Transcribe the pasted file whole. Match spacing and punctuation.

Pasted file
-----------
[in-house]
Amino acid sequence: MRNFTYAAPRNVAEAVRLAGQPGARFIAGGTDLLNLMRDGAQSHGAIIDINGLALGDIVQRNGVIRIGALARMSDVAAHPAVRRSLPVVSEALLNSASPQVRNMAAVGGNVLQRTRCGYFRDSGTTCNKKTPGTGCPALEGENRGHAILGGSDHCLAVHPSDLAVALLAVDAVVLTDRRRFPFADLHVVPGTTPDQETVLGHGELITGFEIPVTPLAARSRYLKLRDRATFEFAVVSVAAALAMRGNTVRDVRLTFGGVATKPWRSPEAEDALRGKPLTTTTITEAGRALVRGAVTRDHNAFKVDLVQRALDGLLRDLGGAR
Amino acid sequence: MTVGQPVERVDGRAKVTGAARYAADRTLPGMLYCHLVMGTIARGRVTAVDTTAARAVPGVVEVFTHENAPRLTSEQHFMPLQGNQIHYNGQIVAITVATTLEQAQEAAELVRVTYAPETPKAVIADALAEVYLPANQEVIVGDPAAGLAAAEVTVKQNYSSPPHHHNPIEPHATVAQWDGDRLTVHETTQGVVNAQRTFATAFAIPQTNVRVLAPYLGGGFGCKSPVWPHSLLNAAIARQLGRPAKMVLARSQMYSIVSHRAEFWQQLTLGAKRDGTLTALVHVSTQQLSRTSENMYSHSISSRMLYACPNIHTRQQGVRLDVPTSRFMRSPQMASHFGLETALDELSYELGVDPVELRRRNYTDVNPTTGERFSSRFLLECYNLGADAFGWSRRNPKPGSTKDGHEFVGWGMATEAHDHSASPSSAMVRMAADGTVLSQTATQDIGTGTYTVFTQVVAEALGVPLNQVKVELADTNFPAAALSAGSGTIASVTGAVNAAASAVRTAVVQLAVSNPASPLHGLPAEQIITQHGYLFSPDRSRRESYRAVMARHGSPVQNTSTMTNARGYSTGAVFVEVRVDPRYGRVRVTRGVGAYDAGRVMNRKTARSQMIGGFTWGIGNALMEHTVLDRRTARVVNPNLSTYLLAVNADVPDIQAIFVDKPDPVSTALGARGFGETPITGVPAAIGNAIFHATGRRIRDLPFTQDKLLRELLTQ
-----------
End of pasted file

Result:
[in-house]
Amino acid sequence: MRNFTYAAPRNVAEAVRLAGQPGARFIAGGTDLLNLMRDGAQSHGAIIDINGLALGDIVQRNGVIRIGALARMSDVAAHPAVRRSLPVVSEALLNSASPQVRNMAAVGGNVLQRTRCGYFRDSGTTCNKKTPGTGCPALEGENRGHAILGGSDHCLAVHPSDLAVALLAVDAVVLTDRRRFPFADLHVVPGTTPDQETVLGHGELITGFEIPVTPLAARSRYLKLRDRATFEFAVVSVAAALAMRGNTVRDVRLTFGGVATKPWRSPEAEDALRGKPLTTTTITEAGRALVRGAVTRDHNAFKVDLVQRALDGLLRDLGGAR
Amino acid sequence: MTVGQPVERVDGRAKVTGAARYAADRTLPGMLYCHLVMGTIARGRVTAVDTTAARAVPGVVEVFTHENAPRLTSEQHFMPLQGNQIHYNGQIVAITVATTLEQAQEAAELVRVTYAPETPKAVIADALAEVYLPANQEVIVGDPAAGLAAAEVTVKQNYSSPPHHHNPIEPHATVAQWDGDRLTVHETTQGVVNAQRTFATAFAIPQTNVRVLAPYLGGGFGCKSPVWPHSLLNAAIARQLGRPAKMVLARSQMYSIVSHRAEFWQQLTLGAKRDGTLTALVHVSTQQLSRTSENMYSHSISSRMLYACPNIHTRQQGVRLDVPTSRFMRSPQMASHFGLETALDELSYELGVDPVELRRRNYTDVNPTTGERFSSRFLLECYNLGADAFGWSRRNPKPGSTKDGHEFVGWGMATEAHDHSASPSSAMVRMAADGTVLSQTATQDIGTGTYTVFTQVVAEALGVPLNQVKVELADTNFPAAALSAGSGTIASVTGAVNAAASAVRTAVVQLAVSNPASPLHGLPAEQIITQHGYLFSPDRSRRESYRAVMARHGSPVQNTSTMTNARGYSTGAVFVEVRVDPRYGRVRVTRGVGAYDAGRVMNRKTARSQMIGGFTWGIGNALMEHTVLDRRTARVVNPNLSTYLLAVNADVPDIQAIFVDKPDPVSTALGARGFGETPITGVPAAIGNAIFHATGRRIRDLPFTQDKLLRELLTQ